EdNews Parent experts Ilana Spiegel and Amy Turino offer some help to parents who are confused about their child’s academic performance - or lack thereof.
Q. In the beginning of the year my son’s first grade teacher told me how well my son was doing and even recommended him for gifted and talented. But I just received his report card and he is listed as not proficient and needing improvement in almost every area. How do I address the teacher about this? This comes as a real surprise.
A. For many students, being identified as gifted does not necessarily translate to good “grades.” And it is hard as a parent to reconcile how your son can be so capable and have such potential, be gifted, yet not be performing at a “proficient” level.
When you begin your conversation, say just how unsettling it is to read a report card that shows your son is struggling when your understanding was that he was recommended for the gifted and talented identification.
Ask his teacher to unpack this disconnect by showing you both work samples and the results of standard measures like DRA (Developmental Reading Assessment) or a levels test. Both grades on a report card and information for a gifted and talented identification should include a “body of evidence,” or multiple measures and perspectives.
Ask to see the results of any testing, formal or informal, as well as work samples and anecdotes from the classroom.
Bear in mind, report cards measure progress toward standards (proficiency) and work habits. If he “needs improvement” in work habits then chances are the teacher does not have the “evidence” to support a proficient grade. Many gifted learners have a difficult time producing written work, or evidence, especially in the early grades. Often times, for children like your son, their reading and speaking levels can far exceed their written expression, but they are often evaluated on their written expression.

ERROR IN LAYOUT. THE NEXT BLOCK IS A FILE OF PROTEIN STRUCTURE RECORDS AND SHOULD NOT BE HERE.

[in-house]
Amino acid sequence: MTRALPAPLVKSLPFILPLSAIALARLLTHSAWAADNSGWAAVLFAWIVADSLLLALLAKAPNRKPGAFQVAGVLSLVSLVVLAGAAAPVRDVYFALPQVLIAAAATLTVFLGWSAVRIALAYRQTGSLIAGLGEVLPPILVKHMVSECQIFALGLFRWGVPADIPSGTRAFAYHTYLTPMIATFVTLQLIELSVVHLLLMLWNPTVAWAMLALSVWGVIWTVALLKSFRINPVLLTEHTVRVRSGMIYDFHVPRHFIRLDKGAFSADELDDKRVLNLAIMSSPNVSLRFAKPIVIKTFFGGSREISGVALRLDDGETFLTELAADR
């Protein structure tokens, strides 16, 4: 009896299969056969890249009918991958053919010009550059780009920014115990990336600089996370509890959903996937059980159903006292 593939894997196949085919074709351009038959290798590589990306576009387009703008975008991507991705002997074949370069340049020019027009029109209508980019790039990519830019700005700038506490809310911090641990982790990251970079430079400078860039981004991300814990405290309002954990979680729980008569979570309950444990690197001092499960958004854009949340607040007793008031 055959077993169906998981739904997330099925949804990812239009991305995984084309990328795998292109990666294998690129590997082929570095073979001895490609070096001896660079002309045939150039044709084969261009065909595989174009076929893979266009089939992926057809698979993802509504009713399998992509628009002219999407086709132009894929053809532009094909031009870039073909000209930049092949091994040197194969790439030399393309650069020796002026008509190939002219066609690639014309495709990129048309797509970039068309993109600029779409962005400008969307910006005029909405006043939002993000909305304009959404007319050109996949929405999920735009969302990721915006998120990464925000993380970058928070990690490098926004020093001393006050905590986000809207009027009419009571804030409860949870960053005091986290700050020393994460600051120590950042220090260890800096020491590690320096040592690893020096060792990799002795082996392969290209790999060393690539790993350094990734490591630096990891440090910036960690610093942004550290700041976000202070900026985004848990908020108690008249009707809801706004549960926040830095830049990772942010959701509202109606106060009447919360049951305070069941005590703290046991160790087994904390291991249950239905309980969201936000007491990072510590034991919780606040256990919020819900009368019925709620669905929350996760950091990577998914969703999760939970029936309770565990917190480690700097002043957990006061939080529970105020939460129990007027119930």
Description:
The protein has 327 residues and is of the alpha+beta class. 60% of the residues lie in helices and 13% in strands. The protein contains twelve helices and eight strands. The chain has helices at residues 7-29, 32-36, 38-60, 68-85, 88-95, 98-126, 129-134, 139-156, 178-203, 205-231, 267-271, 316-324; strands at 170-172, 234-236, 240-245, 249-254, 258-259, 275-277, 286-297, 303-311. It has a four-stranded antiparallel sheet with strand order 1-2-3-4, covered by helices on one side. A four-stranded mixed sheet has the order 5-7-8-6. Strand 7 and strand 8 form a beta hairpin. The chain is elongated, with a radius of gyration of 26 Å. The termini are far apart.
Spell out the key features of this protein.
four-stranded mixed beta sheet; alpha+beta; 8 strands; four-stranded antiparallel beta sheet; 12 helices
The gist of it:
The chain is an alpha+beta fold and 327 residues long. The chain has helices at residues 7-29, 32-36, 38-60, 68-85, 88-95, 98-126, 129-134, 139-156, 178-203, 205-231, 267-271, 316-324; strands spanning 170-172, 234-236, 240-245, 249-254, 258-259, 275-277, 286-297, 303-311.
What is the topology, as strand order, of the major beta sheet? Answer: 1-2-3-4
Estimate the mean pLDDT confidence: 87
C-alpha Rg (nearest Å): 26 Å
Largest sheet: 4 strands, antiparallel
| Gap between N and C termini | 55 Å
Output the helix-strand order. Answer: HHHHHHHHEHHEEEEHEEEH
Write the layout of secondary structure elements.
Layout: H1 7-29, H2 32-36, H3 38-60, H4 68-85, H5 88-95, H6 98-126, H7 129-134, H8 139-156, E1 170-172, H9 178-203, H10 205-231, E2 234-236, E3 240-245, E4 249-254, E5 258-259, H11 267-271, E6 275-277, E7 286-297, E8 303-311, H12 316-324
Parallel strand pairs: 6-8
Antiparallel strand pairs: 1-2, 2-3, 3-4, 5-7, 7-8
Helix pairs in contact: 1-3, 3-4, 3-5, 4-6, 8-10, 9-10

Ask for a follow-up
The first place to start is understanding the result of the recommendation for gifted and talented in the fall. Did this recommendation result in any screening or testing? Is your son a student classified as gifted and talented currently?
- If all you have is the recommendation of the teacher in the fall, but there has been no follow up. Then start with a conversation that asks for follow up. Offer that you agree with the teacher’s assessment in the fall and the possible lack of performance on the current report card could be indication that the general classroom is not challenging enough for your son.
- If screening or testing for GT has taken place and your son did not qualify. Think back and/or talk with the teacher about how the process happened. If your son was aware that he was screened for GT and didn’t make the cut, he could be processing this internally and not trying hard anymore because he could be associating success and being smart with the label of GT and not the effort or passion that one puts into their work. After getting perspective the solution comes from just having open dialogue with your son about his learning, how he feels as a learner and being there to support him.
- If screening or testing for GT has taken place and your son did qualify, what supports have been put in place? Is the general education teacher getting support to plan for differentiation and meet the needs your son? Is there a GT teacher that meets with your son or could start supporting his learning in addition to the classroom teacher? These would be answers that could be gathered by contacting his classroom teacher and talking about the needs you perceive your son having.
In any scenario, the key is to open lines of communication. You have obviously been taken aback by the report card, so start a dialogue, with your child, with his teacher, and see what answers start to emerge.
About Amy Turino and Ilana Spiegel
Amy Turino has taught for the past 10 years and has a passion for student-centered learning that includes hands-on experiences. She is director of education at RAFT Colorado, a resource for educators. She is completing her doctoral studies at the University of Denver in curriculum and instruction. Read more posts by Amy Turino.
Ilana Dubin Spiegel has been a literacy staff developer for the Denver-based Public Education and Business Coalition for more than 15 years. The former teacher coaches educators and parents nationwide on research-based literacy instruction. She enjoys reading and writing with her four children, ages 5 to 13. Read more posts by Ilana Spiegel.